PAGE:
In 2013, the Coalition government announced a crackdown on economic crime. It created a new criminal offence for aiding tax evasion and removed the requirement for tax investigation authorities to prove "intent to evade tax" to prosecute offenders.
In 2015, Chancellor George Osborne promised to collect £5bn by "waging war" on tax evaders by announcing new powers for HMRC to target people with offshore bank accounts. The number of people prosecuted for tax evasion doubled in 2014/15 from the year before to 1,258.
In the United States of America, Federal tax evasion is defined as the purposeful, illegal attempt to evade the assessment or the payment of a tax imposed by federal law. Conviction of tax evasion may result in fines and imprisonment.
The Internal Revenue Service (IRS) has identified small businesses and sole proprietors as the largest contributors to the tax gap between what Americans owe in federal taxes and what the federal government receives. Small businesses and sole proprietorships contribute to the tax gap because there are few ways for the government to know about skimming or non-reporting of income without mounting significant investigations.
Estimates of lost government revenueEdit
The IRS estimates that the 2001 tax gap was $345 billion and for 2006 it was $450 billion. A study of the 2008 tax gap found a range of $450–$500 billion, and unreported income to be about $2 trillion, concluding 18–9 percent of total reportable income not being properly reported to the IRS.
- Global Forum on Transparency and Exchange of Information for Tax Purposes
- History of tax resistance
- Informal sector
- Land value tax
- Social inequality
- Tax amnesty
- Tax avoidance
- Tax haven
- Tax information exchange agreements
- Tax noncompliance
- Tax resistance
- Taxation as slavery
- Taxation as theft
- U.S. taxation of illegal income
- Michael Wenzel (2002). "The Impact of Outcome Orientation and Justice Concerns on Tax Compliance" (PDF). Journal of Applied Psychology: 4–5.
When taxpayers try to find loopholes with the intention to pay less tax, even if technically legal, their actions may be against the spirit of the law and in this sense considered noncompliant.
- Shafik Hebous (2011). "Money at the Docks of Tax Havens: A Guide". CESifo Working Paper Series No. 3587, p. 9. SSRN .
- Gary Becker (1968). "Crime and Punishment: An Economic Approach" (PDF). The Journal of Political Economy. 76: 169–217. doi:10.1086/259394.
- Allingham, M. G. and A. Sandmo  ‘Income Tax evasion: A Theoretical Analysis’, Journal of Public Economics, Vol. 1, 1972, pp. 323–38.
- Cebula, Richard; Feige, Edgar L. (n.d.). "America's Underground Economy: Measuring the Size, Growth and Determinants of Income Tax Evasion in the U.S". Ideas.repec.org.
- Alstadsæter et al. 2017. Tax Evasion and Inequality∗
- Chowdhury, F. L. (1992) Evasion of Customs Duty in Bangladesh, unpublished MBA dissertation, Graduate School of Management, Monash University, Australia.
- David Cay Johnston (13 December 2011). "Where's the fraud, Mr. President?". Reuters.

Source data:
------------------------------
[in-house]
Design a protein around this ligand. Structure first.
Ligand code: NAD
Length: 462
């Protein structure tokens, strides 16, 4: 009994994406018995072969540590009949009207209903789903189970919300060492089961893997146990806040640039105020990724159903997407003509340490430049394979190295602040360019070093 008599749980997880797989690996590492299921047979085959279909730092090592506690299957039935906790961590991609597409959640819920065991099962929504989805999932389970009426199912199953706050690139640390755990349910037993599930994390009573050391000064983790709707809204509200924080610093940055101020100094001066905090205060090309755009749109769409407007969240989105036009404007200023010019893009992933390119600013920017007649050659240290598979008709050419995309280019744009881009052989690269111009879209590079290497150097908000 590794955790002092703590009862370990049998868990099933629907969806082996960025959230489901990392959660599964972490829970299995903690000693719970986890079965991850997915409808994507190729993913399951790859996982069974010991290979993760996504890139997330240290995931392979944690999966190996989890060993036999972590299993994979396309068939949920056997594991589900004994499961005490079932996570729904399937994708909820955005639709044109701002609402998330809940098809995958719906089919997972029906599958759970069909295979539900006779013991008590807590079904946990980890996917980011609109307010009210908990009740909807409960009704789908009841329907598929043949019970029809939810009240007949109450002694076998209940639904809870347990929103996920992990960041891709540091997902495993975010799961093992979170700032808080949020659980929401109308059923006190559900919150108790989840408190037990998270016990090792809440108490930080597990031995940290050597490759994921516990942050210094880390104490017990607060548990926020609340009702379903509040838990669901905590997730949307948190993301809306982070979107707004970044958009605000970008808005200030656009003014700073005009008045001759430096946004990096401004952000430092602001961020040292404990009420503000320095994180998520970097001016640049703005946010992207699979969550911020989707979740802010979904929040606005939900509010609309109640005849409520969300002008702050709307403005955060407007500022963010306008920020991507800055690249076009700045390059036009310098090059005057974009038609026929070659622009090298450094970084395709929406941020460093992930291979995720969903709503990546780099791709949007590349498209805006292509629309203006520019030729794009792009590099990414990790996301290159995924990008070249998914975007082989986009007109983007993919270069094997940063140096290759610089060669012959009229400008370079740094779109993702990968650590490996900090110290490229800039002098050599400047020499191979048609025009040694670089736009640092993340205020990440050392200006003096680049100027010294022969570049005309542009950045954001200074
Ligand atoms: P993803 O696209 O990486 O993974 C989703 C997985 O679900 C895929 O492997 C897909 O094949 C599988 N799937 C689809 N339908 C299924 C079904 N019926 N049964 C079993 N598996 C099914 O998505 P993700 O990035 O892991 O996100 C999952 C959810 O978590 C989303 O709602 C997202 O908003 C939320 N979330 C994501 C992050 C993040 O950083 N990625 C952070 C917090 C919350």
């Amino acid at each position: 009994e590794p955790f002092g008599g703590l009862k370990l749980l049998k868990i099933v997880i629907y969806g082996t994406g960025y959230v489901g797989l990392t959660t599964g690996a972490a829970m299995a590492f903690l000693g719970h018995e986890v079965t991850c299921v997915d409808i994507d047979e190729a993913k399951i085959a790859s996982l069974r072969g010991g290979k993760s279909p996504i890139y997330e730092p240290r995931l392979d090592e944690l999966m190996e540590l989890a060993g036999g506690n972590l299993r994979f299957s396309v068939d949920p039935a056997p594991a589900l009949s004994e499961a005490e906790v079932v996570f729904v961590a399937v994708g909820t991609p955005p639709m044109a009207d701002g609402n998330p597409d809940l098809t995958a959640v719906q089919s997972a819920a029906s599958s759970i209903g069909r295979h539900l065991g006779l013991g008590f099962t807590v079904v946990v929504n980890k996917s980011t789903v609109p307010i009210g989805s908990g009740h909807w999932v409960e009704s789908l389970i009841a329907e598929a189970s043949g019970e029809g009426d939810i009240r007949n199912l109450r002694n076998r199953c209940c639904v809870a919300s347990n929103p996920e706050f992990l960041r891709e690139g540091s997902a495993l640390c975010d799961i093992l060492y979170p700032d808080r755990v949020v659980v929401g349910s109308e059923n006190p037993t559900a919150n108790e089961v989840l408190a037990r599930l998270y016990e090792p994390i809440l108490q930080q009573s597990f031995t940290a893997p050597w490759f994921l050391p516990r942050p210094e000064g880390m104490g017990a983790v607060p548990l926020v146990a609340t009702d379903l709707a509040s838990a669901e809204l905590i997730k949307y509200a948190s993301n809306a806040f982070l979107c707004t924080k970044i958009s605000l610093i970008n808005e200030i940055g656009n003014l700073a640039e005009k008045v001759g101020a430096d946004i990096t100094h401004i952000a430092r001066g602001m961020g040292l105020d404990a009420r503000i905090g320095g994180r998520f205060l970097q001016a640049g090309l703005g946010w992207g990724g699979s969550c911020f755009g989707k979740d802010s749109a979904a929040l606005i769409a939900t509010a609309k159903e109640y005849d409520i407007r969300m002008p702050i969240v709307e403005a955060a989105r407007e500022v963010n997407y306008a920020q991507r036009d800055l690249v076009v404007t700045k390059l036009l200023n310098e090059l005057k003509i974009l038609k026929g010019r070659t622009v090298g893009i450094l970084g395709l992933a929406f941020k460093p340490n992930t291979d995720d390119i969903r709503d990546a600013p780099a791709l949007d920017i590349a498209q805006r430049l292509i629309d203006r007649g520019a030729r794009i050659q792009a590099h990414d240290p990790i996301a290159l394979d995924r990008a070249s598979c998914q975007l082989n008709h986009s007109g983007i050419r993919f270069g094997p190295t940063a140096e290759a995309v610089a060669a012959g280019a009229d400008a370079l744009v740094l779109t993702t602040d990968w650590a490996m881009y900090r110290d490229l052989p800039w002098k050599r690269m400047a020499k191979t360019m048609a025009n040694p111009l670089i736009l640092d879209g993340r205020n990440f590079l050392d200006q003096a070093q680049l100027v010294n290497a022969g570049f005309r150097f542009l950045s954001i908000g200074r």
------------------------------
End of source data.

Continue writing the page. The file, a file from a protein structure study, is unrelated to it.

- Spiro, Peter S. (2005), "Tax Policy and the Underground Economy," in Christopher Bajada and Friedrich Schneider, eds., Size, Causes and Consequences of the Underground Economy (Ashgate Publishing).
- Tomášková, Eva (2008). "Tax Evasion in the Czech Republic – In: A Brief Introduction to Czech Law. Rincon: The American Institute for Central European Legal Studies (AICELS) 2008. pp. 111–21 ISBN 978-0-692-00045-8" (PDF). Archived from the original (PDF) on September 3, 2011.
- Stella, Peter (1993). "Tax Farming: A Radical Solution for Developing Country Tax Problems?". IMF Staff Papers. 40 (1): 217–25. JSTOR 3867383.
- Alam. D (1999) Introduction of PSI system in Bangladesh: Facts and Documents, Desh Prokashon, Dhaka.
- "Watch out, the taxman's about: HMRC ordered to bring in £18bn in government crackdown". Mail Online. London: dailymail.co.uk. March 17, 2011. Retrieved August 12, 2011.
- Russell, Jonathan (June 10, 2011). "HMRC opens 16 criminal cases over tax evasion". The Telegraph. London: telegraph.co.uk. Retrieved August 12, 2011.
- Hood, C. (1986) Privatizing UK tax Law Enforcement?, Public Administration, Vol. 64, Autumn, 1986, p. 319–33.
- New Age. Media New Age Ltd, Dhaka. 14 September 2007 https://web.archive.org/web/20101120114802/http://www.newagebd.com/2007/sep/14/front.html. Archived from the original on November 20, 2010. Missing or empty
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- Langley, Alison (6 August 2003). "Pakistan: Bhutto Sentenced In Switzerland". New York Times.
- "Tax Evasion and Inequality" (PDF).
- "Measuring tax gaps 2018 edition" (PDF).
- "UK government announces corporate tax evasion clampdown". BBC News.
- "George Osborne wages war on tax evasion and avoidance". Channel 4 News.
- "Lawyers and tradesmen caught in tax clampdown".
- 26 U.S.C. § 7201.
- Sabatini, Patricia (25 March 2007). "Tax Cheats Cost U.S. hundreds of billions". Pittsburgh Post-Gazette.
- "Tax Gap for Tax Year 2006 Overview Jan. 6, 2012" (PDF). U.S. Internal Revenue Service. Retrieved 2012-06-14.